100.000
50.000
20.000
0.000
5.000
2.000
1.000
January 1,0 0:00:00
Min= 0.000 at (2,2), Max= 164.514 at (83,25)
156
Figure 4.6b - 20IS
Winter weekday
base case NHS
emissions for
Canada and the
United States.
LJ 0.000 1
tons/day
PAVE
b|
MCfic
Base Case NH3 Emissions
2020 Summer Weekday
d=b20sum.ioapi
200.00099
100.000
50.000
20.000
10.000
5.000
2.000
1.000
156
Hour: 00
Min= 0.000 at (1,1}, Max= 182.723 at (83,25)
Figure 4.7a -1020
Summer Weekday
base case Mils
emissions for
Canada and thfi
United States.
39

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Canada - United States Transboundary PM Science Assessment
^ 0.000 1
tons/day 1
PAVE
McSc
Base Case NH3 Emissions
2020 Winter Weekday
I=b20wtr.ioapi
200.00099
100.000
50.000
20.000
10.000
5.000
2.000
1.000
156
Hour: 00
Min= 0.000 at (1,1), Max= 181.767 at (83,25)
Figure 4.7b - 2020
Winter weekday
base case: NH-3
emissions lor
Canada and the
United States,
4.3 KEY SCIENCE MESSAGES
	Emission inventory information was combined
for both Canada and the United States to pro-
vide input to two multi-pollutant models
(AURAMS and REMSAD) for both base case and
control scenarios for the years 2010 and 2020.
	Emissions of S02 and NOx are projected to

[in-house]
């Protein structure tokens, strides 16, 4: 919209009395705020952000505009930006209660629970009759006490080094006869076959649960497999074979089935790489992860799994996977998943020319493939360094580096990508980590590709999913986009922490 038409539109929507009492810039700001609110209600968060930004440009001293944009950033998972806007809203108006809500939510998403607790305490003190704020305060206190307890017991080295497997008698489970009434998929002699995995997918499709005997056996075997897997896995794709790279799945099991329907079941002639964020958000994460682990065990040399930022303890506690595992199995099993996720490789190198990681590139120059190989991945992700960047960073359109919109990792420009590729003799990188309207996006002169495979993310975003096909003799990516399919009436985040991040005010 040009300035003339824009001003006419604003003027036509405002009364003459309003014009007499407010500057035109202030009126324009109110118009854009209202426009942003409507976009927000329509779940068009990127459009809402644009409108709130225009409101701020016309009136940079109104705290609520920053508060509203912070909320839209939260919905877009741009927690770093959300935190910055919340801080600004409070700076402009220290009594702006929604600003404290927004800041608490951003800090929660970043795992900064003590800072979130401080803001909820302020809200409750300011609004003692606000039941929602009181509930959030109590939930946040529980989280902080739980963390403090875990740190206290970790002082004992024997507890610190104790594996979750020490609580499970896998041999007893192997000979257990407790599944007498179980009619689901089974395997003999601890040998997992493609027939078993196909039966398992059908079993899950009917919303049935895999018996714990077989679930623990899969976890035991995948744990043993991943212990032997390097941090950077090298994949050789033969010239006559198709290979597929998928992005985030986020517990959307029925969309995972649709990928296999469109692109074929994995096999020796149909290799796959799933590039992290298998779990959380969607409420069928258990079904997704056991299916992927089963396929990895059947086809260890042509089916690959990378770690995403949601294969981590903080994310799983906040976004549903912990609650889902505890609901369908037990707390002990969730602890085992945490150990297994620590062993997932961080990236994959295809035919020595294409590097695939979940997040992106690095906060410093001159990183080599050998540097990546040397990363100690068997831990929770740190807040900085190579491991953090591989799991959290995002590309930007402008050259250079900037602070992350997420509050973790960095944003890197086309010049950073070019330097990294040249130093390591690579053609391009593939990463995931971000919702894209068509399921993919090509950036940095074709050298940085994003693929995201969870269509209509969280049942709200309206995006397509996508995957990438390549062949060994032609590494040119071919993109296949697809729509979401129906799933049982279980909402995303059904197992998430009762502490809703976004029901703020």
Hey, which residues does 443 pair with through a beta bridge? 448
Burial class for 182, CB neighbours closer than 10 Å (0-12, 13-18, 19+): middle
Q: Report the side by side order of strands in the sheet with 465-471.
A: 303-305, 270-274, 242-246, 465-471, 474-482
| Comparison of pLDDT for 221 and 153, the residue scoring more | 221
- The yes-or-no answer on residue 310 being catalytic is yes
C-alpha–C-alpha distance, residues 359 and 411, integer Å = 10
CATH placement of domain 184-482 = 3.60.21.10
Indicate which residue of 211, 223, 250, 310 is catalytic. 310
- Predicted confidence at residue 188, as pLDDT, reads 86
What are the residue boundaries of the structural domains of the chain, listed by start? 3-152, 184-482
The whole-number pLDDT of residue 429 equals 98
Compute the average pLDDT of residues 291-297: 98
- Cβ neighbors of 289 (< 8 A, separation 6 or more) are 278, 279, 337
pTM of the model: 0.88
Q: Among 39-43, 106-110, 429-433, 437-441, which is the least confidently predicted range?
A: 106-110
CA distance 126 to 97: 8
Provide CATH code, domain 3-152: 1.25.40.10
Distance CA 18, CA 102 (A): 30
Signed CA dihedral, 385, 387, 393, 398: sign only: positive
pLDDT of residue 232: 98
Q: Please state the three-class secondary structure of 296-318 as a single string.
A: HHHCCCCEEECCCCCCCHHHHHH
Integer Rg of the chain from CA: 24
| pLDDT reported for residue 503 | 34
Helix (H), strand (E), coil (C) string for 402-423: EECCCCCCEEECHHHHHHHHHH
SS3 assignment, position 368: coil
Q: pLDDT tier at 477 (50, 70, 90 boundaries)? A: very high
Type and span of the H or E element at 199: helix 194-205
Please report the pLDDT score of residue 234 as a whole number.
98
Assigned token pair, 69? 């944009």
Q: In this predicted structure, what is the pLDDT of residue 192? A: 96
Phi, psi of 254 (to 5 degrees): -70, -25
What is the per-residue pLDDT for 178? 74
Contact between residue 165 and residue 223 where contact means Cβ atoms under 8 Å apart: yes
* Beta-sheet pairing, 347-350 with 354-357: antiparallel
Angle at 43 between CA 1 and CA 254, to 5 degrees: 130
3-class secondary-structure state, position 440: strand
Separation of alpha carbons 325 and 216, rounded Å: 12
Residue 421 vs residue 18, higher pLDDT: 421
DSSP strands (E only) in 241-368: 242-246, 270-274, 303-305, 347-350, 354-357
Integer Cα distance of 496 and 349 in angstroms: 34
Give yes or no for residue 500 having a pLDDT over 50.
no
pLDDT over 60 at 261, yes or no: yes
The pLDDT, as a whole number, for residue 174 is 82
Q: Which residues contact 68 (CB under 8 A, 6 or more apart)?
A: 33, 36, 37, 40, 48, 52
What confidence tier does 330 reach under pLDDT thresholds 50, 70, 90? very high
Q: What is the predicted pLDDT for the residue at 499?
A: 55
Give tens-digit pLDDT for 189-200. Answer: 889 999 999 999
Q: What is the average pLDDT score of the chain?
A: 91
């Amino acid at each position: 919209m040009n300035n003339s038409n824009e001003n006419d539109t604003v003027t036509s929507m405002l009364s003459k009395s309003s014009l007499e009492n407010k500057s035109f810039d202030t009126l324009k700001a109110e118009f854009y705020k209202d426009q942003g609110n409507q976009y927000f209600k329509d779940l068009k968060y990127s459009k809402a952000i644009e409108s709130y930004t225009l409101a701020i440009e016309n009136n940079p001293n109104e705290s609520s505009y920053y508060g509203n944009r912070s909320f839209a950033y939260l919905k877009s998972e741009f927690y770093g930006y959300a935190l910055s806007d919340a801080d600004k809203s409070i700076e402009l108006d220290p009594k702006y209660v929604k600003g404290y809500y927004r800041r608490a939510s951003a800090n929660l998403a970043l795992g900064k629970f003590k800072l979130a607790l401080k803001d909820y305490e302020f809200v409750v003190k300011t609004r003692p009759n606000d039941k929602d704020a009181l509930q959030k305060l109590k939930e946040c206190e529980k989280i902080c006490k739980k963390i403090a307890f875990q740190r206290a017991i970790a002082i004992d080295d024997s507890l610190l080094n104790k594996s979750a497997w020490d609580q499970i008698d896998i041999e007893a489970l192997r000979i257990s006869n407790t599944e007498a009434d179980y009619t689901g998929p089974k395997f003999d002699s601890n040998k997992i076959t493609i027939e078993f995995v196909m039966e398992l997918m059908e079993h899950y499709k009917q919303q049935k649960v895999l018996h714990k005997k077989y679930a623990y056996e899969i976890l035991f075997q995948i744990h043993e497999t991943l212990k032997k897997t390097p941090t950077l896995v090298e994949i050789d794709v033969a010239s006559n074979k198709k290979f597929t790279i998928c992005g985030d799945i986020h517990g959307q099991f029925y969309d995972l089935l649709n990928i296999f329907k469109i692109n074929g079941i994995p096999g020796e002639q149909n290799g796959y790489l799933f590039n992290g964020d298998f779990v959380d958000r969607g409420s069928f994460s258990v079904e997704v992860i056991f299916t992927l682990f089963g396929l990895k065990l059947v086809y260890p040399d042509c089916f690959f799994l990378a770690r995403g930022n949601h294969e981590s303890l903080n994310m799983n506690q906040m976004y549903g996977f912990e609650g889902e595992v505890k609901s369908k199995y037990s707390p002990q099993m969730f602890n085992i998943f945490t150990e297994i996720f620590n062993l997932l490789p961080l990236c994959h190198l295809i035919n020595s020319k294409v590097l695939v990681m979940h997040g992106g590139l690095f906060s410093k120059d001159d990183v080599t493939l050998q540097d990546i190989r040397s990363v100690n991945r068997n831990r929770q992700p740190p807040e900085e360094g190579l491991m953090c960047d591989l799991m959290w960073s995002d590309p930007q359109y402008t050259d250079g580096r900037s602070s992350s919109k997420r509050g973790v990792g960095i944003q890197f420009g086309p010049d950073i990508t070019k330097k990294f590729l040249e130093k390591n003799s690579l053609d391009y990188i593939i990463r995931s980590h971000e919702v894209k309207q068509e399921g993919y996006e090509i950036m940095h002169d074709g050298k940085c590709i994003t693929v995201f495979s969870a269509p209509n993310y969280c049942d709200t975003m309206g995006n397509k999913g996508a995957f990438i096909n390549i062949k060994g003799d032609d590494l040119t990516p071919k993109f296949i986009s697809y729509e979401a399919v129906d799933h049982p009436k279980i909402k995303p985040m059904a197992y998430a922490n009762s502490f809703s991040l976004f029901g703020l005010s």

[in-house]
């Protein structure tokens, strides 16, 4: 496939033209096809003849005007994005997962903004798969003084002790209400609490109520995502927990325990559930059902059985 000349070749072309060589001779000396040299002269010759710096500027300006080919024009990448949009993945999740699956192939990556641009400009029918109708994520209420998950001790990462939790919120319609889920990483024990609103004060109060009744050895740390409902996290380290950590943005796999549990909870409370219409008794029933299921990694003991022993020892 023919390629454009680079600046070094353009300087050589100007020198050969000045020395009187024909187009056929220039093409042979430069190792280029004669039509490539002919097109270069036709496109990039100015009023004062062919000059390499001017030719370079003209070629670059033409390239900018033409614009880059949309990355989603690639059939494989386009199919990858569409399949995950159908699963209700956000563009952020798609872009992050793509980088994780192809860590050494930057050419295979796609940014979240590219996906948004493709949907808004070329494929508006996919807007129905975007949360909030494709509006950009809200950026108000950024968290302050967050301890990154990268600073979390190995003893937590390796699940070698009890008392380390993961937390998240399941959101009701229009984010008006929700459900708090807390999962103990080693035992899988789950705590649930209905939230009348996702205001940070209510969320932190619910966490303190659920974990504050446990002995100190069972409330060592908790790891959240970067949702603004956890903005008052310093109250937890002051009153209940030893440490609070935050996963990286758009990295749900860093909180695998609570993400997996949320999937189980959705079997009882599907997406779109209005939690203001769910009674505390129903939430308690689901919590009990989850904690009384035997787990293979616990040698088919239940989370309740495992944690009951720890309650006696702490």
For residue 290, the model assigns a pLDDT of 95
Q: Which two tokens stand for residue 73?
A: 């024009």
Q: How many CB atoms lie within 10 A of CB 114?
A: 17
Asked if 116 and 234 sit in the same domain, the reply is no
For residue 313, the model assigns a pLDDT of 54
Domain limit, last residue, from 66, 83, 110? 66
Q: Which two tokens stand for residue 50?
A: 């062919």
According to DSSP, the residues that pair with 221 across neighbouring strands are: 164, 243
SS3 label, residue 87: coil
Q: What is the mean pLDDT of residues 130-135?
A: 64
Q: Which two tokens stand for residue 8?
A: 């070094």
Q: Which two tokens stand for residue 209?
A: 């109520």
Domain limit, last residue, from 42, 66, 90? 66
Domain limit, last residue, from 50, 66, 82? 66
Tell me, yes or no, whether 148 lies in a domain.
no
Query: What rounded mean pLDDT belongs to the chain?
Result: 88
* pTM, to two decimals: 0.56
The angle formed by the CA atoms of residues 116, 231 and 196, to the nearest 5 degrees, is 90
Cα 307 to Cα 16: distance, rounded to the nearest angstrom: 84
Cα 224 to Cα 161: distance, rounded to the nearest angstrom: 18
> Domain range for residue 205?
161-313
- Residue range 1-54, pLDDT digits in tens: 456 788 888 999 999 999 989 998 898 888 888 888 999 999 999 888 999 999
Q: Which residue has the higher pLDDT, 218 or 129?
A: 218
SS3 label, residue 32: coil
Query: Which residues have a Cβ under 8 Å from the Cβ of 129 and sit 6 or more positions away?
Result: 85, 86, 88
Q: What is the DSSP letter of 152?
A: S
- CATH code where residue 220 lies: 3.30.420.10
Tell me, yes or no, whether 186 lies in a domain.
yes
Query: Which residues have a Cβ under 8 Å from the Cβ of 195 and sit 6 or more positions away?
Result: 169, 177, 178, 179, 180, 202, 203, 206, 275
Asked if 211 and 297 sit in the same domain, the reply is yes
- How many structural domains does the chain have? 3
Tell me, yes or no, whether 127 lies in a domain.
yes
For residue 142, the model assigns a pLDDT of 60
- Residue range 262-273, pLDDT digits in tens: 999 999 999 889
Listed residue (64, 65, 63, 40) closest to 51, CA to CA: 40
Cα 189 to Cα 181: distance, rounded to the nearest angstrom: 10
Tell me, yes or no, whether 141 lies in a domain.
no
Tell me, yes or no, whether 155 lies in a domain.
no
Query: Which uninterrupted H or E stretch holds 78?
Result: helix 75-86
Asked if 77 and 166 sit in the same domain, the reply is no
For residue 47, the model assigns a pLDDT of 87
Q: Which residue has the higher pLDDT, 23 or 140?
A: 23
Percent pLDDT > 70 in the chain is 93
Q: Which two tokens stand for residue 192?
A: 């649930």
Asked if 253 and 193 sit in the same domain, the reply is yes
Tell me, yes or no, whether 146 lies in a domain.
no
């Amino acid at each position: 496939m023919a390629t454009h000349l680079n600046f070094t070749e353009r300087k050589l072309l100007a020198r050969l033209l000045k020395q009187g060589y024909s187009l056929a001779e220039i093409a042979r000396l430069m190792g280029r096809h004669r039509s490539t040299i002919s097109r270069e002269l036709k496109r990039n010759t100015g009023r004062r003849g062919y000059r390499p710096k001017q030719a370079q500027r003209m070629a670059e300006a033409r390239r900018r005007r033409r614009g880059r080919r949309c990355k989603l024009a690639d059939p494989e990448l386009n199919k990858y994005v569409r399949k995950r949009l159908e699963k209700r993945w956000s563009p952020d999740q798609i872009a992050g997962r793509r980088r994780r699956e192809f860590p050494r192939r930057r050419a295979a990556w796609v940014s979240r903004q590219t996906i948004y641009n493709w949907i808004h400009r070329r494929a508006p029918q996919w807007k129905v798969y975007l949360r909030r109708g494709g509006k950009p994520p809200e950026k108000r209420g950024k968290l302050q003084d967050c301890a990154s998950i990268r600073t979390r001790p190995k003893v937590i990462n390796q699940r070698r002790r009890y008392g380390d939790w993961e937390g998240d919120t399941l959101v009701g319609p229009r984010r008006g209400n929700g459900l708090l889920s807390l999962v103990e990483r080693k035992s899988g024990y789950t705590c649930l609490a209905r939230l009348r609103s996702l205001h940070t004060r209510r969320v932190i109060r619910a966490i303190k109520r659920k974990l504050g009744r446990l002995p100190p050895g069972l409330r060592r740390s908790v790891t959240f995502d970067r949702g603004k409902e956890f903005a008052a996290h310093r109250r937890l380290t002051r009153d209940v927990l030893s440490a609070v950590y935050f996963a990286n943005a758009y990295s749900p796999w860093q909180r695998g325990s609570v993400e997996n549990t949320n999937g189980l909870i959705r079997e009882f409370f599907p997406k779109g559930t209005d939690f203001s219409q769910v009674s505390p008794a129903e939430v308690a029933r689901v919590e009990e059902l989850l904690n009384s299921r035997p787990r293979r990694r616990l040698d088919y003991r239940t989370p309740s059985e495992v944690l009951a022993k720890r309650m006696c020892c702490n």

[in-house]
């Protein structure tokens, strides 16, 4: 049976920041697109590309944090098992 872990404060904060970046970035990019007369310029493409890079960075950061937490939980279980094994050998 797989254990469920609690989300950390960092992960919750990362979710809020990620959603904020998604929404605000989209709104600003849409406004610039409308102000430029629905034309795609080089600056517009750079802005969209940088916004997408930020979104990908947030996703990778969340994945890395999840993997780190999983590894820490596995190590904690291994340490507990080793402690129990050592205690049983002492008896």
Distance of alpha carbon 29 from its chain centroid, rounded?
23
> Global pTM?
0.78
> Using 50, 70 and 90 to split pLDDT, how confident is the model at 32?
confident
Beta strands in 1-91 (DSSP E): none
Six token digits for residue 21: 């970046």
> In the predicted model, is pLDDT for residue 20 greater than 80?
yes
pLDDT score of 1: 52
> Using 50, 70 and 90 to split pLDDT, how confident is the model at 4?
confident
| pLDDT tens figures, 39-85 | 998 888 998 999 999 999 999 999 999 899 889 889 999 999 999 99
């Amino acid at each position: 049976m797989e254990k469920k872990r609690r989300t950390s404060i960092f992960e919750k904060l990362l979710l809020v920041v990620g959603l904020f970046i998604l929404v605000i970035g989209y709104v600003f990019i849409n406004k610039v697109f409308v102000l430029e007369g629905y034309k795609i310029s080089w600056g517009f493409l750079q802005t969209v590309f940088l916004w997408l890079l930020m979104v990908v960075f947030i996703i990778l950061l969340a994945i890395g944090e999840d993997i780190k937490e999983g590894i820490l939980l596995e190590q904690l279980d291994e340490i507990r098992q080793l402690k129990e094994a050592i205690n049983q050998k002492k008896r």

decrease while NH3, VOCsand CO increase in
the future-year base cases. S02 and NOx emis-
sions are projected to decrease further with the
future-year control scenarios (2010 and 2020).
	Emissions of S02 and NOx under all consid-
ered scenarios are concentrated in the
Industrial Midwest Northeastern United States
and Southern Ontario, while emissions of NH3
are typically Concentrated further west in the
central Midwest region.
The emissions of S0Ol NO
and NH3, and their
contributions to PM2 5 levels vary seasonally.
NH3 emissions and biogenic NOx (and VOC)
emissions have the largest seasonal variations.
40


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Canada - United States Transboundary PM Science Assessment
were: (1) 1996 base case, (2) 2010 base case, (3)
2020 base case, (4) 2010 control case, and (5) 2020
control case. The 1996 base case results were used
to evaluate the performance Of REM SAD in pre-
dicting observed concentrations in 1996. The
results of this model performance evaluation are
provided in the Appendix. Existing controls (i.e.
legislation/ agreements) in each country were
included in the 2010 and 2020 base case runs while
the 2010 and 2020 control runs contain additional
anticipated controls for each country (as described
in Chapter 4). The REMSAD model was used to
estimate hourly air-quality concentrations and
acid deposition for an entire year for each model
run. This section reports results for the 2010
annual PM2 5 concentration and the 2020 annual,
January, and July PM2 5, SOJ, N03", and NHJ
concentrations. The modelling domain used in
REMSAD is shown in Figure 5.1.
5.1.1 REMSAD Results
Annual average ambient PM2 5 concentrations for
the 2010 base case are provided in Figure 5.2a
while annual. lanuary, and July average PM2 5 con-
centrations for the 2020 base case are provided in
Figures 5.3a, 5.4a, and 5.5a. Annual, lanuary, and
July average particle SOj concentrations for the
2020 base case are provided in Figures 5.6a, 5.7a,
and 5.8a and annual, January, and July average par-
ticle NOgConcentrations for the 2020 base case are